The best way to teach is often to show. PD experiences should model the content or skill being learned, ensuring participants understand the practical application. This is also impactful for another reason—empathizing with students. When participants experience the pedagogy, process, or strategy, they can begin to understand how their students may experience it. In a concrete way, participants can anticipate students’ needs and fine-tune facilitation, differentiation, and scaffolding in response.

​Guiding Questions:

  • Is modeling appropriate for the content or skill?

  • How do the modeled practices enhance understanding?

  • Do participants have the opportunity to connect their experience to student experience?


Learning is often a collective endeavor. PD should offer opportunities for collaborative learning to deepen understanding and foster professional relationships. This has the added benefit of being an important approach to learning in the classroom, too. The more educators can experience this, the better they will know and understand how to facilitate collaboration with and among students and peers.

​Guiding Questions:

  • ​Do participants have the opportunity to learn interdependently?

  • How is effective collaboration taught, modeled, and experienced in service of building professional relationships?


John Dewey once wisely said, “We do not learn from experience … we learn from reflecting on experience.” Reflection is a critical part of the learning process. In the reflection process, participants should consider the following:

  • What do I know?

  • What do I need to know or not yet understand?

  • What support, people or resources do I need to acquire that learning?

  • What actions do I want or need to take in response to my reflection?

  • How do I feel about my learning and my experience? What information are my feelings giving me?

  • How does what I am learning connect to the classroom, my practice, and/or my students? What are the implications?

Another name for what we are talking about is metacognition—the process of thinking about our thinking. The more participants engage in this process, the more deeply they learn rich, transferable skills that they can use in their everyday practice and with students.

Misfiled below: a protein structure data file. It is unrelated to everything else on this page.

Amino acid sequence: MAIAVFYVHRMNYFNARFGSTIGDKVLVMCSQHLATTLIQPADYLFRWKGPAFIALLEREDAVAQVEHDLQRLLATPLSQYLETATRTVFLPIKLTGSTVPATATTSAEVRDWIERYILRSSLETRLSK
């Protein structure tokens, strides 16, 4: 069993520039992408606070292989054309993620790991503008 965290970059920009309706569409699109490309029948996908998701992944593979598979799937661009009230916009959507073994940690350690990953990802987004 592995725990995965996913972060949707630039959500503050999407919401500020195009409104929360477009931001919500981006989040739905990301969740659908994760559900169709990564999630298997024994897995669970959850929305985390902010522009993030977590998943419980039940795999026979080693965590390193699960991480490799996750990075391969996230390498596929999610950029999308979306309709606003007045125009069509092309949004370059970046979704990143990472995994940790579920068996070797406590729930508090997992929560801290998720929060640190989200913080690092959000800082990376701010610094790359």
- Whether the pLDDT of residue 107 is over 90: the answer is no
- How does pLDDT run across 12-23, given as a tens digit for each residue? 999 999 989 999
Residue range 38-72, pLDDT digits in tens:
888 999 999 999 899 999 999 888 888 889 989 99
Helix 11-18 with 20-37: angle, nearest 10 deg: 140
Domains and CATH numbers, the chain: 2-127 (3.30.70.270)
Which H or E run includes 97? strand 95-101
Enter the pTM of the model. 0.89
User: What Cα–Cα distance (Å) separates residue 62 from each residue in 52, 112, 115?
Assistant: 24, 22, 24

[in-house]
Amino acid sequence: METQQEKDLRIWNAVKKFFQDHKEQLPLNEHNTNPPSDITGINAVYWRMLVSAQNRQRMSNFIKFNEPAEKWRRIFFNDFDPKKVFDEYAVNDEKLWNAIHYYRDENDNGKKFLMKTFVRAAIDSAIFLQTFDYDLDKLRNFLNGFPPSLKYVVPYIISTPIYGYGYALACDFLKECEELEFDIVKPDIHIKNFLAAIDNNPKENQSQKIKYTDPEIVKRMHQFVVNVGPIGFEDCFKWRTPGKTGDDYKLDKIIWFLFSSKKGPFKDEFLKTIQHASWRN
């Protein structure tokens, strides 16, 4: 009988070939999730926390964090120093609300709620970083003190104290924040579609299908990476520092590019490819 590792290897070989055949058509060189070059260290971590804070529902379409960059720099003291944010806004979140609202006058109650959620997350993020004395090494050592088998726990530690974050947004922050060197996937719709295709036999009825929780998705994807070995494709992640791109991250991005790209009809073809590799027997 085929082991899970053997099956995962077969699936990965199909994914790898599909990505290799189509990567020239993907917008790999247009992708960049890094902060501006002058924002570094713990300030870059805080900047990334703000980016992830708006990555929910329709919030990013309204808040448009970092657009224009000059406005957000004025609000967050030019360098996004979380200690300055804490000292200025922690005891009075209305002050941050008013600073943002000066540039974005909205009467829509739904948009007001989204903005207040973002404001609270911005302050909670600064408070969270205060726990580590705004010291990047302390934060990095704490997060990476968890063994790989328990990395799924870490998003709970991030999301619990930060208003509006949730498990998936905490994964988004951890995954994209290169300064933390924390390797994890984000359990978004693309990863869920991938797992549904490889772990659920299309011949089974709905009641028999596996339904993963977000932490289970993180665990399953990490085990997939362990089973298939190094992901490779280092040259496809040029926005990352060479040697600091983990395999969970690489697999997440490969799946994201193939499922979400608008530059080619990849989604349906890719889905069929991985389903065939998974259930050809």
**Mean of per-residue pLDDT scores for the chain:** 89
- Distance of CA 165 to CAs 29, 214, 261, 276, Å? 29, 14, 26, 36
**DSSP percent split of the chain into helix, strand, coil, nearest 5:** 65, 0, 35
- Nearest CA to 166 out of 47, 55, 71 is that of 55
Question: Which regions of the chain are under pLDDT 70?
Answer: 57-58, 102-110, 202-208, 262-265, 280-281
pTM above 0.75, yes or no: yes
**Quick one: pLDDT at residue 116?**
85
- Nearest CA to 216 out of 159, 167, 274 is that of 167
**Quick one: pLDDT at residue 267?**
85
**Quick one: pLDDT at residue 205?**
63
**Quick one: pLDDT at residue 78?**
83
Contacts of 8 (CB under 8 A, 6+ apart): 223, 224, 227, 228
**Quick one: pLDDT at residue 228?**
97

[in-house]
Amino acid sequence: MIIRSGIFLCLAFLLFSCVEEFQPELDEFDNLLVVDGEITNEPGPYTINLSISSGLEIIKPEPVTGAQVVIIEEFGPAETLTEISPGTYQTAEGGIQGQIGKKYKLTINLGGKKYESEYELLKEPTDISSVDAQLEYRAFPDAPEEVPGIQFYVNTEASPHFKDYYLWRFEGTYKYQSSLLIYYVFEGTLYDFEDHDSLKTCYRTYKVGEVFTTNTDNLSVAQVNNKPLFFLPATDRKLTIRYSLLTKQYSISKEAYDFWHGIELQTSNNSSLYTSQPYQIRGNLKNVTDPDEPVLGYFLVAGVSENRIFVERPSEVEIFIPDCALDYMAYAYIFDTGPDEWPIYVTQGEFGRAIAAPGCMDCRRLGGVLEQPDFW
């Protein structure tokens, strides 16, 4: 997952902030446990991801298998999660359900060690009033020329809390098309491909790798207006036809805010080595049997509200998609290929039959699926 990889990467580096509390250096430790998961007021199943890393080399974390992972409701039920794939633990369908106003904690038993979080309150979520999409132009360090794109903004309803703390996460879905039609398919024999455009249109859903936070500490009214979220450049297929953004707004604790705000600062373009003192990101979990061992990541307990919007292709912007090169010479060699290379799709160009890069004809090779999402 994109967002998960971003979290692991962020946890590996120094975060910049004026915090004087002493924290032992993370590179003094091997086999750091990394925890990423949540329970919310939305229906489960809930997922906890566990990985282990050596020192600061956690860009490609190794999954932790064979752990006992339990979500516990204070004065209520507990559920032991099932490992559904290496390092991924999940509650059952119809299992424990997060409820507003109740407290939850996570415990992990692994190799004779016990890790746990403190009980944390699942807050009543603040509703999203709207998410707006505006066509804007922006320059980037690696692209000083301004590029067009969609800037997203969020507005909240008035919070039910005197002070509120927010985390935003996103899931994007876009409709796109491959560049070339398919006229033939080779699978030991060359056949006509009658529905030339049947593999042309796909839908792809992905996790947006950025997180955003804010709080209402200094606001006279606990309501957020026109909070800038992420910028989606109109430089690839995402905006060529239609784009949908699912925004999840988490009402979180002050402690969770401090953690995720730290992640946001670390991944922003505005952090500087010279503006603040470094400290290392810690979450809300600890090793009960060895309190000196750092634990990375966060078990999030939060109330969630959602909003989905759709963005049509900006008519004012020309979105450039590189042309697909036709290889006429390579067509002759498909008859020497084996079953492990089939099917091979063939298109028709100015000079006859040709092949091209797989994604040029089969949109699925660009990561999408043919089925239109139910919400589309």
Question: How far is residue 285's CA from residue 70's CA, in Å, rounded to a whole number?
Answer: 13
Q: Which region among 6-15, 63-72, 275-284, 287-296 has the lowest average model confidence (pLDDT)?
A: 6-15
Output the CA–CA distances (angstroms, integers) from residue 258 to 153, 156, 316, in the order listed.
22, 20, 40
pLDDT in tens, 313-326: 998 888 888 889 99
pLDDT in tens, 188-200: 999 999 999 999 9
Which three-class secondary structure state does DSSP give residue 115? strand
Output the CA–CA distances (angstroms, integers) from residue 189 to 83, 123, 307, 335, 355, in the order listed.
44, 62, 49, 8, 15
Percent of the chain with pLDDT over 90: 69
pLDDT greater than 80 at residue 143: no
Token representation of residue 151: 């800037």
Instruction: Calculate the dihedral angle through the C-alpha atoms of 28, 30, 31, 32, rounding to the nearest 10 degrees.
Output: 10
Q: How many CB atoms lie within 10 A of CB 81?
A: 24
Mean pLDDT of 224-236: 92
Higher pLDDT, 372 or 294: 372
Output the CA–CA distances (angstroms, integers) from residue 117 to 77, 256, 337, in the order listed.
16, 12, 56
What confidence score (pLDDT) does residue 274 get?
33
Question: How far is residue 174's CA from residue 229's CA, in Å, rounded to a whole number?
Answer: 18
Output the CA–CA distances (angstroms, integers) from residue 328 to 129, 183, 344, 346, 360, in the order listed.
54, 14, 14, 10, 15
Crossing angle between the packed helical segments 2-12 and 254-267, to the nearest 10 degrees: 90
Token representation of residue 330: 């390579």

​Guiding Questions:

  • ​What is the participants’ current reflective practice? If they have an existing practice, is it leveraged?

  • Are successes identified and celebrated?

  • Are there opportunities to reflect on past, current, and future implementation?

  • Do participants have the opportunity to reflect from both the practitioner and student perspectives?

Assessment and Feedback Opportunities

I’d like to frame assessment and feedback as a learning opportunity—to learn about one’s self and to be able to communicate that understanding to others. Assessments, whether they be self-assessments, peer feedback, or feedback from the facilitator, they should help participants know and understand their current learning so that they can identify where they want and need to go next. Following an assessment, participants should have the opportunity to create an action plan or set goals based on their learning.

Guiding Questions:

  • ​Do the assessments help participants understand where they are in their learning so that they can identify areas for growth?

  • Are the assessment and feedback opportunities aligned with the session’s learning goals?

  • How is feedback modeled and practiced?

  • What models or quality tools are available and used to align and deepen assessment and feedback

Equitable and Culturally Responsive

Quality professional learning must recognize and value the diverse experiences and perspectives of all participants if it is to lead to transformative change for educators and their students. An equitable, culturally responsive approach fosters a more inclusive learning environment that includes deeper understanding, respect, and collaboration. When educators feel like they are seen and belong, they learn more deeply and feel more supported. This ultimately leads to better outcomes for students.

Guiding Questions

  • ​Have the learning experiences and materials been adjusted to account for contextual variations, as well as the strengths, needs, and identities of the participants and their students?

  • Are high expectations and an asset-based approach used and modeled?

  • Are participants’ voice, agency, and identities honored, incorporated, and represented in the learning experiences and materials?

  • Are the materials and resources accessible to all participants regardless of ability, language, and/or identity?

Translating Workshop Strategies to the Classroom We know that moving from a PD to classroom implementation is not as easy as 1+1=2. And we are all about helping educators make changes as quickly and easily as possible.

In this final section, we’d like to give you a peek into our toy box—the set of our most frequently used PD strategies—that also transfers directly to the classroom. We have reimagined and repackaged for immediate classroom application. In short, use them where you like! Each one is located on our Resources & Shop page.

Image of lightbulb, paper, target, bar graph

Learning Strategies:

These classroom-centric strategies ensure that the momentum and insights gained during PD sessions don't just stay in the workshop but find their way into the heart of where they matter most: your classroom.


Conclusion Thanks for taking the time to learn about the Quality Criteria for Professional Development. We offer these criteria in the hopes that they will make life a little easier, a little more possible, and your efforts more impactful for learners. Let us know how it goes!

Your partners in learning,

Gina and the ACP team